Investors are “overreacting” to the current drop in oil prices and shouldn’t be overly concerned with fluctuations in the global markets, Dubai businessman Khalaf Ahmad Al Habtoor has said.
His comments come as GCC stock markets have seen millions being wiped out following the recent oil price slump. Brent crude dropped to a fresh five-year low of $63.56 on Wednesday.
A recent report from investment firm Morgan Stanley also predicted that prices could drop as low as $43 a barrel next year.
However Al Habtoor dismissed the report as being more academic than practical. “This is just an assessment and it has led the bears to come out. What people have to remember is that the stock market is not an indicator of the overall economy.”
He stressed that a drop in oil prices isn’t necessarily a bad thing.
“In fact, it’s very positive for the majority of sector like airlines and shipping, transportation and manufacturing,” the Al Habtoor Group chairman said, adding he can’t “understand” why investors are running for safety.
A report released on Wednesday by global aviation body International Air Transport Association (IATA) also revealed that airlines are set to report their strongest profit margin in more than five years in 2015, mainly due to lower oil prices. IATA also revised its profit forecast for 2014 to $19.9 billion, up from a previous estimate of $18 billion, adding that net profit would rise to $25 billion in 2015.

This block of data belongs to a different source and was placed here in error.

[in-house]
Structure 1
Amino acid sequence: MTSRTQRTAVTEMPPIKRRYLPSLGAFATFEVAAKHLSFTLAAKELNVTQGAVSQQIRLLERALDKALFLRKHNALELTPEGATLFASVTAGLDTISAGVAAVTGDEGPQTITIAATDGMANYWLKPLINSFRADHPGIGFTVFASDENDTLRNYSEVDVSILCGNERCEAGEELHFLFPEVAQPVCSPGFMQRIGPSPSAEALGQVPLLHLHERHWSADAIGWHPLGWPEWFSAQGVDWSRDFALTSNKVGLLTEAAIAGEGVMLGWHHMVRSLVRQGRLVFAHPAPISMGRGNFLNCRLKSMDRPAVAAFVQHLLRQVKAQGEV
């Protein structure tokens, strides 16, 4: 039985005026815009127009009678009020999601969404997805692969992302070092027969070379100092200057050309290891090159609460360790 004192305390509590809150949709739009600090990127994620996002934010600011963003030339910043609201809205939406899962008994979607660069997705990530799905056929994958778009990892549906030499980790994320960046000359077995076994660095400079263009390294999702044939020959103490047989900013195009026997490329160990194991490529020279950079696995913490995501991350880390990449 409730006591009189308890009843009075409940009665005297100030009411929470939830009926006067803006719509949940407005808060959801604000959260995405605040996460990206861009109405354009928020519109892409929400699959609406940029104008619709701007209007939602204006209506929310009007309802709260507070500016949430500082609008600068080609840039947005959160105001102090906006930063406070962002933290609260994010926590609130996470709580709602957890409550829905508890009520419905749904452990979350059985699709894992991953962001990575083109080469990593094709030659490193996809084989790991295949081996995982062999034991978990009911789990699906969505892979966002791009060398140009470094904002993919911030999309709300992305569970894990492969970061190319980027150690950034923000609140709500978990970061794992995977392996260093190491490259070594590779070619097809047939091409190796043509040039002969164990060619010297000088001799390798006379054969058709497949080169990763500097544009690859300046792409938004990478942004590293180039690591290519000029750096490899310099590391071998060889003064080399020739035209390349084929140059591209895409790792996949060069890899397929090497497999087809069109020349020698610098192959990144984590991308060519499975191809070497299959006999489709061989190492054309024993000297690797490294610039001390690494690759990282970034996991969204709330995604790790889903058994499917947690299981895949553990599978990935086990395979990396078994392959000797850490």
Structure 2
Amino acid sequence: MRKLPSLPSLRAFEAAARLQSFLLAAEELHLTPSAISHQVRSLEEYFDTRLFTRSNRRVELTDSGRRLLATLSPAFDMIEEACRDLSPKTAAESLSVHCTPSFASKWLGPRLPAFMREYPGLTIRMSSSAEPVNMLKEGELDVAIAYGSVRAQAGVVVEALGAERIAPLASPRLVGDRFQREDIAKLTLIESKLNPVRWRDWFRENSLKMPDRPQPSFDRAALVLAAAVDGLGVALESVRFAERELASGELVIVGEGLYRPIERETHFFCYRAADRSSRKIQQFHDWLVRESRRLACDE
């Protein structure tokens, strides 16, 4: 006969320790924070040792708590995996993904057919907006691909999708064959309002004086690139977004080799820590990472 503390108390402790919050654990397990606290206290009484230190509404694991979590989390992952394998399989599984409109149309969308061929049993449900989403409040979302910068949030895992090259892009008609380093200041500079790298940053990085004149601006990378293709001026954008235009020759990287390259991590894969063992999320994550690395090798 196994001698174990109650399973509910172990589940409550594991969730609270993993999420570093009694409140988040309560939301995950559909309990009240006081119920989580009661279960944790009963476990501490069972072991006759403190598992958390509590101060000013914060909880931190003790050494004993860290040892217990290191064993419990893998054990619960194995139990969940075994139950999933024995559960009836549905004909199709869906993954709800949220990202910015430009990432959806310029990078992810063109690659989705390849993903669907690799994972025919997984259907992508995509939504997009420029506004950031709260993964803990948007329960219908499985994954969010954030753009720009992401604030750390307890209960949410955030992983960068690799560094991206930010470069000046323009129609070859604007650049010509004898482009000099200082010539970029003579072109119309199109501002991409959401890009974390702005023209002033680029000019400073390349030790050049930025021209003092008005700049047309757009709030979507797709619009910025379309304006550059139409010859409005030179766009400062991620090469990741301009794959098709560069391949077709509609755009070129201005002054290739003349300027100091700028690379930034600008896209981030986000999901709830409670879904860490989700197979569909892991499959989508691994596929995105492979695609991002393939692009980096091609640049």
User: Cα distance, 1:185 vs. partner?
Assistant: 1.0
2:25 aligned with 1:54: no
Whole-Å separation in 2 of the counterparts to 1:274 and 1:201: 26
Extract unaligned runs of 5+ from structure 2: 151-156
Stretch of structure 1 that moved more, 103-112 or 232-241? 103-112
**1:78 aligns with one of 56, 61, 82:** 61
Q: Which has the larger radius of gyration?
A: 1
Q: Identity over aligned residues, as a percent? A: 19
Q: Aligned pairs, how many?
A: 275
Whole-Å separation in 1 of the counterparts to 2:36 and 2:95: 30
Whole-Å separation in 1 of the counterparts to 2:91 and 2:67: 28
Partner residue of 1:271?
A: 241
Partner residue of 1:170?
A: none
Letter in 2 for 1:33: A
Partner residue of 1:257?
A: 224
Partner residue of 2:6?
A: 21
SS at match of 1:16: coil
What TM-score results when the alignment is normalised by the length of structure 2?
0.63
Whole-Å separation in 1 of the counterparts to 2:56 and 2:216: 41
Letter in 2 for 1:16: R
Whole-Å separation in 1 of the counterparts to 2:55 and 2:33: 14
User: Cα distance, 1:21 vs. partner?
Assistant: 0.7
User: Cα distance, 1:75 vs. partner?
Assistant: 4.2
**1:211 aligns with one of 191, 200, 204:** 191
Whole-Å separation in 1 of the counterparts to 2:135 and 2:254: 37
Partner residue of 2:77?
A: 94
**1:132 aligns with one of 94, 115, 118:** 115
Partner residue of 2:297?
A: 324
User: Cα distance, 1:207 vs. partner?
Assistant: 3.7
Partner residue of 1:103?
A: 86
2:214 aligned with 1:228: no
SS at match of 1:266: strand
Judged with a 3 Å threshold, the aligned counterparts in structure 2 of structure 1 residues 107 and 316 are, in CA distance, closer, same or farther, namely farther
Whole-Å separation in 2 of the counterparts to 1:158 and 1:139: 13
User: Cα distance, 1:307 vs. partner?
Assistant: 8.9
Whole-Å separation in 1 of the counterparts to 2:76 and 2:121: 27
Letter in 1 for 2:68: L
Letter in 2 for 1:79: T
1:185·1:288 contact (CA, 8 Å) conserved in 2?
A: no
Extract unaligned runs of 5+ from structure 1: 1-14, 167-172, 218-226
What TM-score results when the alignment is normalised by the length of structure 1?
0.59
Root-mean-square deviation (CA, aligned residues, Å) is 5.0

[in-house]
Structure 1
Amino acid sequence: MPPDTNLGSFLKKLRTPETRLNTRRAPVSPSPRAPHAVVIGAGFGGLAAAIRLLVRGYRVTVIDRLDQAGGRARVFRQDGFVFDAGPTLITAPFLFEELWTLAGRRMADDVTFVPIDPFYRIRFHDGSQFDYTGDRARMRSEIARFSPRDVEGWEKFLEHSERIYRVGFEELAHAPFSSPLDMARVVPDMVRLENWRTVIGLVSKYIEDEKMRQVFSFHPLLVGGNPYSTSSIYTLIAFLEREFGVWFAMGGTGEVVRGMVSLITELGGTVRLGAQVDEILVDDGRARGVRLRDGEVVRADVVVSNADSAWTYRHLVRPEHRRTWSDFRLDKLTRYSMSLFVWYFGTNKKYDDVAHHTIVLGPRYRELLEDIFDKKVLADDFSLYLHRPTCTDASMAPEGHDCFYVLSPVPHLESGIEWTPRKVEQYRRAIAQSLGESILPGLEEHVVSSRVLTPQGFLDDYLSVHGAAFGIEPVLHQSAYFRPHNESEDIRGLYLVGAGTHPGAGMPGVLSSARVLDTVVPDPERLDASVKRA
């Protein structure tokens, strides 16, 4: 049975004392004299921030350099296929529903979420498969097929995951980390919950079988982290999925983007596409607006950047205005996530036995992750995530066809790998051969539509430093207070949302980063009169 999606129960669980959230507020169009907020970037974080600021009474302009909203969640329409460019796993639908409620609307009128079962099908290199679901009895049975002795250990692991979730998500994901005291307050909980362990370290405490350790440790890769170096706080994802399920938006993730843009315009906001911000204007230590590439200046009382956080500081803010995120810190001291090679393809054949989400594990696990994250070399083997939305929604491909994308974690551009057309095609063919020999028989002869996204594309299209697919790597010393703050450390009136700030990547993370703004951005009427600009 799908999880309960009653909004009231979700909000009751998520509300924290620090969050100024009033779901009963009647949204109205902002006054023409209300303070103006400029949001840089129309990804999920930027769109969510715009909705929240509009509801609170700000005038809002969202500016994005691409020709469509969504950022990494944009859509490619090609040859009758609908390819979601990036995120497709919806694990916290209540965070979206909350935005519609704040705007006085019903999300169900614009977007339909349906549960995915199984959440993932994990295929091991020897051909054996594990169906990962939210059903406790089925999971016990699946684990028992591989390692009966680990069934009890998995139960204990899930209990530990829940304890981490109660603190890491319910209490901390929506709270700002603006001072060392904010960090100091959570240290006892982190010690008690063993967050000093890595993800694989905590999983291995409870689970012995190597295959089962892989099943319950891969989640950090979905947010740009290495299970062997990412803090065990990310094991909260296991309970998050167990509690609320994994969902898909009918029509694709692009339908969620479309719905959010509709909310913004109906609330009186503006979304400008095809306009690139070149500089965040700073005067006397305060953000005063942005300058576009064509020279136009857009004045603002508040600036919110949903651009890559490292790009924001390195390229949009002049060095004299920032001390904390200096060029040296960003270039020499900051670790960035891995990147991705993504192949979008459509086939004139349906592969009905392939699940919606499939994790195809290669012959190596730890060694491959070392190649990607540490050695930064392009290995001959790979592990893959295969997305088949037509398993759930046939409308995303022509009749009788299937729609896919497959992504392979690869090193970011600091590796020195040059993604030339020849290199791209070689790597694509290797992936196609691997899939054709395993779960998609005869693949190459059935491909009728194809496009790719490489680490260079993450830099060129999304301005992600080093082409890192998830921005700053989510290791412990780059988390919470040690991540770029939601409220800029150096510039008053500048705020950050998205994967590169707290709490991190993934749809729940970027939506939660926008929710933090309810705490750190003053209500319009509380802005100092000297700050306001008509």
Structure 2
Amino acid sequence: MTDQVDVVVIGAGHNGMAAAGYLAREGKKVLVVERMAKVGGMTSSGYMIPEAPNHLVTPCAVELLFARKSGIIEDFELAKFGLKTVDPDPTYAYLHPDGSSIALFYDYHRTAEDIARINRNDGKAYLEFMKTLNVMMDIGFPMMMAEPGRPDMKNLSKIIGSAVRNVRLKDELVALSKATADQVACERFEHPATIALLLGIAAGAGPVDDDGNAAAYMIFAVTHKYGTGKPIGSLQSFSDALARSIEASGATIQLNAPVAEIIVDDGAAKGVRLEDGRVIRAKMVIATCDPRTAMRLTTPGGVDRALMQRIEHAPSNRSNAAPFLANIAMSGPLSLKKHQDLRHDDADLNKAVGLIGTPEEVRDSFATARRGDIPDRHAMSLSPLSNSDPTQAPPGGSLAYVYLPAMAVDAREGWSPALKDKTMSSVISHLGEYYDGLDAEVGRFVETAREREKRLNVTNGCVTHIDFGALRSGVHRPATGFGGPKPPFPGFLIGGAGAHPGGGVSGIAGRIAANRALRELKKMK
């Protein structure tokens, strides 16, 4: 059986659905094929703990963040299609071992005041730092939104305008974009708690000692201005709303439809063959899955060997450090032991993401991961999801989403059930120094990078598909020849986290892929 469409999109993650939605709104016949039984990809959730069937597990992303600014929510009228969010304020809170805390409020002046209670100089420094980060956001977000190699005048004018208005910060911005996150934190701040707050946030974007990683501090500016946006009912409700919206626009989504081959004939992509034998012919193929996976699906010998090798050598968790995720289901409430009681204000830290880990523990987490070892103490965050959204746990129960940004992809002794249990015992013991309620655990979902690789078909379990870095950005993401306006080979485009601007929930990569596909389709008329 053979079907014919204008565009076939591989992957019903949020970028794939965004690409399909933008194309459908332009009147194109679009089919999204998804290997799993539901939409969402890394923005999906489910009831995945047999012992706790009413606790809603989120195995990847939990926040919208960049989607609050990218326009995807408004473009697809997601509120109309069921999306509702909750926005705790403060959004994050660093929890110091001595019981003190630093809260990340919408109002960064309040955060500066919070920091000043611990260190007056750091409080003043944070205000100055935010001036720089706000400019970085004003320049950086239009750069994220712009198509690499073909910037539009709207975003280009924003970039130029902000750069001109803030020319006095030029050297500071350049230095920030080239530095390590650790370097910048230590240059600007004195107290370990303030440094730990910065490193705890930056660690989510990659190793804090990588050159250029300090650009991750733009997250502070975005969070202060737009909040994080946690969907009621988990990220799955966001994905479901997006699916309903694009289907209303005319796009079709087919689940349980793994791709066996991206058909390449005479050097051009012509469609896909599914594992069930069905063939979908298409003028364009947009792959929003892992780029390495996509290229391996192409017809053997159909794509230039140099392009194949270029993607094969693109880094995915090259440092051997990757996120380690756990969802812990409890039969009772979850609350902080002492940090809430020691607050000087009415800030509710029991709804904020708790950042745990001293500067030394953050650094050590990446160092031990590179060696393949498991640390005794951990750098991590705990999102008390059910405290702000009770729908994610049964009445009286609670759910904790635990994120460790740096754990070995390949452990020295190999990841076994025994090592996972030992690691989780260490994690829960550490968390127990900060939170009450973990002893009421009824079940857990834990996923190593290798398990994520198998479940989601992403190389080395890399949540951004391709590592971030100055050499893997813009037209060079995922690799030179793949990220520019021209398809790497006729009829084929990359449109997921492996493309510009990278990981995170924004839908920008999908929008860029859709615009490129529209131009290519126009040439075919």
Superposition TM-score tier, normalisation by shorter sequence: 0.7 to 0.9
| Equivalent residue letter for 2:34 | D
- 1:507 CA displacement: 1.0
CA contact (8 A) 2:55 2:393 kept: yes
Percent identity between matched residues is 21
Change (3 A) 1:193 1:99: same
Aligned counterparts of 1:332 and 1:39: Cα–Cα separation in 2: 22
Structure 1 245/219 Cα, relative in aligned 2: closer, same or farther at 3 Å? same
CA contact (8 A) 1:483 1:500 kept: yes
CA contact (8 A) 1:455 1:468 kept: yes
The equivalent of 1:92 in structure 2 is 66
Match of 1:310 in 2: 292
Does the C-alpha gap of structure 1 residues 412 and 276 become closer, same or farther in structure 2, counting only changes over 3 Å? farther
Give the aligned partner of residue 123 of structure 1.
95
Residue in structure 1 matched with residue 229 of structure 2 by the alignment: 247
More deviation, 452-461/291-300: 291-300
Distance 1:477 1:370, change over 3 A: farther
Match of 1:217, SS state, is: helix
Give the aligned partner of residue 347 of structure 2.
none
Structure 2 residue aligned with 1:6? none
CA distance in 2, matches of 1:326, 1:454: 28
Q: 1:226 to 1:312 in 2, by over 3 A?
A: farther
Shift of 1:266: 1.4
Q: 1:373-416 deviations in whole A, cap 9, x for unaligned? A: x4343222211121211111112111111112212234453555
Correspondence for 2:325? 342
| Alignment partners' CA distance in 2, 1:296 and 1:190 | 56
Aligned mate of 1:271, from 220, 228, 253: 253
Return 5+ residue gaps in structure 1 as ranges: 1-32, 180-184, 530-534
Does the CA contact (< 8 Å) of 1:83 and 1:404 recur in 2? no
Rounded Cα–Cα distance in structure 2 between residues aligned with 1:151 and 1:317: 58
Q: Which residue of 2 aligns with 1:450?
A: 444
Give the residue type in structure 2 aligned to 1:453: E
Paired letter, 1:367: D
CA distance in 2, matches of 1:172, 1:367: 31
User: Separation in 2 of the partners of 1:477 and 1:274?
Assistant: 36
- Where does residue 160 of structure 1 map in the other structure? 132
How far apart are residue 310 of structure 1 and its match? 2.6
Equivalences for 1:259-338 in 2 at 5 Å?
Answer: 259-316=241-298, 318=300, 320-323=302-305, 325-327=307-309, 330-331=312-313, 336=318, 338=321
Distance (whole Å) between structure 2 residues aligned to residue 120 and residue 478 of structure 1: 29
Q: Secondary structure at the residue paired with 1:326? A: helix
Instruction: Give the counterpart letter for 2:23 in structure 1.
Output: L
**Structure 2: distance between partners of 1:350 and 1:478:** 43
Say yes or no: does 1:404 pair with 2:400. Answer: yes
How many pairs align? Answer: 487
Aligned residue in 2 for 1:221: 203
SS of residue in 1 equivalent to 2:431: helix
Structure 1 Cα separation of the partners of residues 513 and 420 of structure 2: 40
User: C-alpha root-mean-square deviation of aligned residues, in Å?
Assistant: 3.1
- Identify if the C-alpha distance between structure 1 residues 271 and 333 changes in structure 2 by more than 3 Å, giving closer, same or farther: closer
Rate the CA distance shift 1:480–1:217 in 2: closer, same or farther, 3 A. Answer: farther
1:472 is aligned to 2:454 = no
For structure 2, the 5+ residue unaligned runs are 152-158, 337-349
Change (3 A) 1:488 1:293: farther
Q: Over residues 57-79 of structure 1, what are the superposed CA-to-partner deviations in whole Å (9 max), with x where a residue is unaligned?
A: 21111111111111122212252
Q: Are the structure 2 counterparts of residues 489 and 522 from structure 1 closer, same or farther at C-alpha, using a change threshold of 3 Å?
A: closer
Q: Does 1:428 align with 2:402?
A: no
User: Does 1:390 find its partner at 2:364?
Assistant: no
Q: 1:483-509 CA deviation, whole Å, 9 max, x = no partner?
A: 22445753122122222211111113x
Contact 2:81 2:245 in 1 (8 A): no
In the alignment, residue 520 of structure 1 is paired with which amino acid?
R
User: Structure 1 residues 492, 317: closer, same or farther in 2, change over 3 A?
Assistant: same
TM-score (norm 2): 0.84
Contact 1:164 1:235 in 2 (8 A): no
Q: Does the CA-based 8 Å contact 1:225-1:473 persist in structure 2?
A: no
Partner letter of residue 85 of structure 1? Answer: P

“The benefits of lower oil prices outweigh the negatives. A drop in oil prices benefits many businesses. Sure, energy companies lose out, but cheaper oil is generally good for the economy and the overall stock market,” said Al Habtoor.
“Companies that use oil as an input experience a reduction in their cost of production. This means profit margins go up, and this can be passed on to the consumer.”
Speaking on the UAE market, Al Habtoor said that country has proved it can withstand global market turmoil following its recovery from the global crisis in 2008.
“The UAE has a diversified economy that is not wholly reliant on oil. Plus the UAE government put measures in place to give itself a buffer, and it is in a better position than ever to cope with external shocks.”